What Size Battery Do I Need to Run My Gear?
For many campers, deciding how many batteries are needed to power their gear during camping trips can be challenging. Maybe you even experienced a few holidays where you regretted not taking a larger battery, or more batteries. On other occasions, you may have had larger deep cycle batteries when you could have used smaller ones. In this post, we share a simple formula to help you calculate an estimate of amp hours you need, so you won’t have to second guess yourself again.
Some key points to consider before purchasing deep cycle batteries
How long are you away from mains power?
The more hours of battery power you require without charging, the bigger your battery has to be. The size of your battery will also depend on the kind of appliances you want to run off it; heavy power users will need a larger battery to safely drain power without damaging the battery. Tubular gel deep cycle batteries offer the best solution for long term power storage.
How much power do you want to use at once?
If you like to run multiple power hungry appliances at the same time, you’ll need to upgrade your system. Even if you’re expecting to use a lot of power for just a short amount of time, it is recommended to use a large battery bank to prevent damage to your batteries.
Are you able to charge your batteries while camping away from mains power?
If you are able to charge your batteries, either through solar panels or a generator, a smaller battery can often be enough. Keep in mind that bad weather conditions may affect the efficiency of solar panels, and may not fully charge your battery. Another factor to consider is how much power autonomy you desire without charging. The longer you want (or have) to go without charging your battery, the larger it needs to be.
How often do you want to use your battery?
The more you drain out of your battery each time before charging it, the shorter its life span will be. If you only need it for a short caravanning trip once or twice a year, you can still get many years out of your battery when taking it down to 80% depth of discharge (20% capacity left). However, if your battery operates on a more regular basis, draining it to 50% of its capacity should be fine, although it will live longer if you charge it after using only 30% (70% capacity left). Note: Always make sure to recharge your battery reasonably soon after use, as leaving a discharged battery low will cause damage.
Which battery size do I need?
To work out which size of deep cycle battery to use, you will need to know the watts or amps of the appliances you’d like to run. If you know one of them, you’ll be able to estimate the correct battery size for your needs. To make a fairly accurate estimation, you’ll also need to consider the appliances’ running time.
1) Estimated running time
Look for the watt rating of your appliances, and make an estimate of how long the appliance will run in one day. Keep in mind that not all appliances constantly need power. For example, a fridge only draws power when the compressor is running.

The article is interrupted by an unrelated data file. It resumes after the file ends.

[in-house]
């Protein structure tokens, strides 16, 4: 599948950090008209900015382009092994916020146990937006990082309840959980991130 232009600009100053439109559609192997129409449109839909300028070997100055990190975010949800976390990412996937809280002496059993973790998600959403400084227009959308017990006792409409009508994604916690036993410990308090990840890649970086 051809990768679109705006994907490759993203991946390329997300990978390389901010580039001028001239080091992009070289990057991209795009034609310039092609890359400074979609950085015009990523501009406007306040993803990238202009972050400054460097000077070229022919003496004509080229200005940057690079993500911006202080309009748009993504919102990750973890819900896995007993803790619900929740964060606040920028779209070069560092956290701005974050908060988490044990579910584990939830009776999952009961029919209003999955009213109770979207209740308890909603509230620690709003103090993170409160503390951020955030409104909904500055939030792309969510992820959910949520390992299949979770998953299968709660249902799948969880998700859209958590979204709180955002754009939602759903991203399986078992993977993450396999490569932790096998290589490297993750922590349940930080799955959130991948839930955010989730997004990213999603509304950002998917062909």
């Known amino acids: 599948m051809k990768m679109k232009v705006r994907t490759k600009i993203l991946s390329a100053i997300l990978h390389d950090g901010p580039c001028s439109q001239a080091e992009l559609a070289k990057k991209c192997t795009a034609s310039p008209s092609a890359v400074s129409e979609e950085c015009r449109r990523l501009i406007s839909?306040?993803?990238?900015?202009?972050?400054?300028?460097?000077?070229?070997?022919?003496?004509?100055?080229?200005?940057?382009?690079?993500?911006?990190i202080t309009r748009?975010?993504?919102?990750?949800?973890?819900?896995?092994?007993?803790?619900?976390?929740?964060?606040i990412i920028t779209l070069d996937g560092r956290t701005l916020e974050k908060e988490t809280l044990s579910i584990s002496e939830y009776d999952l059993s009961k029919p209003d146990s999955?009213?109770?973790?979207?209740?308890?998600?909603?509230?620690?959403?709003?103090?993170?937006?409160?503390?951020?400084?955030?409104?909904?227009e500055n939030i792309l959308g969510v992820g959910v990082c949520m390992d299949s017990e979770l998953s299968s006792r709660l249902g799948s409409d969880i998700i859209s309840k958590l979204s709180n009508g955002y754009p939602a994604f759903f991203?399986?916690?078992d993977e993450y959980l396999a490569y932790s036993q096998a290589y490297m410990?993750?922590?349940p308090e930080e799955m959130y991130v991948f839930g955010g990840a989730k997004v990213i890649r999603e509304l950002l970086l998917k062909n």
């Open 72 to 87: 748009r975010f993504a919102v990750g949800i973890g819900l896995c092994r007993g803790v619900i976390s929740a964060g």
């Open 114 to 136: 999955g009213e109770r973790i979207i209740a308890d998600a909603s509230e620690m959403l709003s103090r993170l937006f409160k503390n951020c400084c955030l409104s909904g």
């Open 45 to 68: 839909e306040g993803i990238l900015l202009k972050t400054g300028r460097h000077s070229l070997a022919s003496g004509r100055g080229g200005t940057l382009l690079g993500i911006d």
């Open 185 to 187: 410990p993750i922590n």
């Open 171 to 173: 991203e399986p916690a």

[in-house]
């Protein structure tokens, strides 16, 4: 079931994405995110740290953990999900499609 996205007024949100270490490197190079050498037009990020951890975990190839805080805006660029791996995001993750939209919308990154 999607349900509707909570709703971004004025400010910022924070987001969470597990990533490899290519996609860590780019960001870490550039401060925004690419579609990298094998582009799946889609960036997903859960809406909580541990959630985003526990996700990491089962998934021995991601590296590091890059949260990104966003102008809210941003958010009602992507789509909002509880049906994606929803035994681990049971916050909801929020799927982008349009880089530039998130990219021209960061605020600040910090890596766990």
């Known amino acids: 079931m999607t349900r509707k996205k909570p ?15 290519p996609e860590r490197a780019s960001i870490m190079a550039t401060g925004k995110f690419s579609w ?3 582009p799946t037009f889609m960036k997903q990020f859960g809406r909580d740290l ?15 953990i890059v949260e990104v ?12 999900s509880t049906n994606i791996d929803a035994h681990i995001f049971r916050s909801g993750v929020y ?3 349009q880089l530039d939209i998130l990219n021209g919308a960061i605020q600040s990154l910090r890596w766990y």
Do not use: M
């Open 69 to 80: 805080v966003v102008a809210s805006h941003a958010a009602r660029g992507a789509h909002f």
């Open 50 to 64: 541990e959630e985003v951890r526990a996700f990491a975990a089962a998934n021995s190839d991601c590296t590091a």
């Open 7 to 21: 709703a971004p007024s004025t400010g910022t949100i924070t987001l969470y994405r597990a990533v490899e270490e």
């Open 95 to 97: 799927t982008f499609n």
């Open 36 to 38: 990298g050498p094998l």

35W portable fridge/freezer: estimated run time 10 hours
(fridges this size would typically run the compressor for an average of 8 to 12 hours per day)
20W lighting: estimated run time 4 hours
2) Calculate the watt hours for each appliance
Simply multiply the wattage with the duration of use to discover your device’s watt hours (Wh).
Portable fridge/freezer: 35W x 10h = 350Wh
Lighting: 20W x 4h = 80Wh
3) Total power consumption
Now you have the Wh for each appliance, you can add them together to reach an estimate of your total power consumption.
350Wh + 80Wh = 430Wh
4) Convert to amp hours
A battery’s capacity is rated in amp hours (Ah). As such, you’ll need to convert your total Wh to Ah. You can do this by dividing the watt hours by the battery voltage. You’ll also want to include your ideal depth of discharge (what percentage you want to drain from the battery before charging it). The formula is then: Wh / battery voltage / DOD.
430Wh / 12V / 0.3 DOD = 119Ah
You now have an estimate for the battery size you need.
Note: It is important to consider that this estimate will change if you decide to constantly charge your battery through solar panels. As such, you can often get away with a smaller battery. To work out how much power your solar will be putting back into your batteries, you can have a look at our guide ‘How Do You Work Out How Much Solar You Need to Run Your Gear?’ .
General Guide to Battery Sizing
If you don’t have all the information to complete the calculation, our general battery guide may help you out.
<100Ah: mobility scooters, small fridges
105Ah – 200Ah: most camping setups (e.g. portable fridge/freezers, lights, and small inverters)
205Ah – 300Ah: caravan and boats
>300Ah: 5th wheelers and motorhomes
Tubular gel deep cycle batteries:
Small (<500Ah): larger boats, holiday shacks, and small off grid homes
Large (>500Ah): large off grid systems
As a basic rule of thumb, you can remember that a 100Ah AGM deep cycle battery can provide 1 amp for 100 hours, 2 amps for 50 hours, 3 amps for 33 hours,... Keep in mind this is a rough estimate, as the battery capacity will change a little depending on how fast your battery is being drained.April 2, 2015 | By Nathan Gathercole| Comments
Nathan is the owner of Aussie Batteries & Solar, and has been immersed in the battery industry for many years. Growing up on the Sunshine Coast, he enjoyed taking full advantage of the spectacular outdoors on offer, and has turned this passion into a thriving business. As the saying goes, "Find a job you love and you will never have to work a day in your life".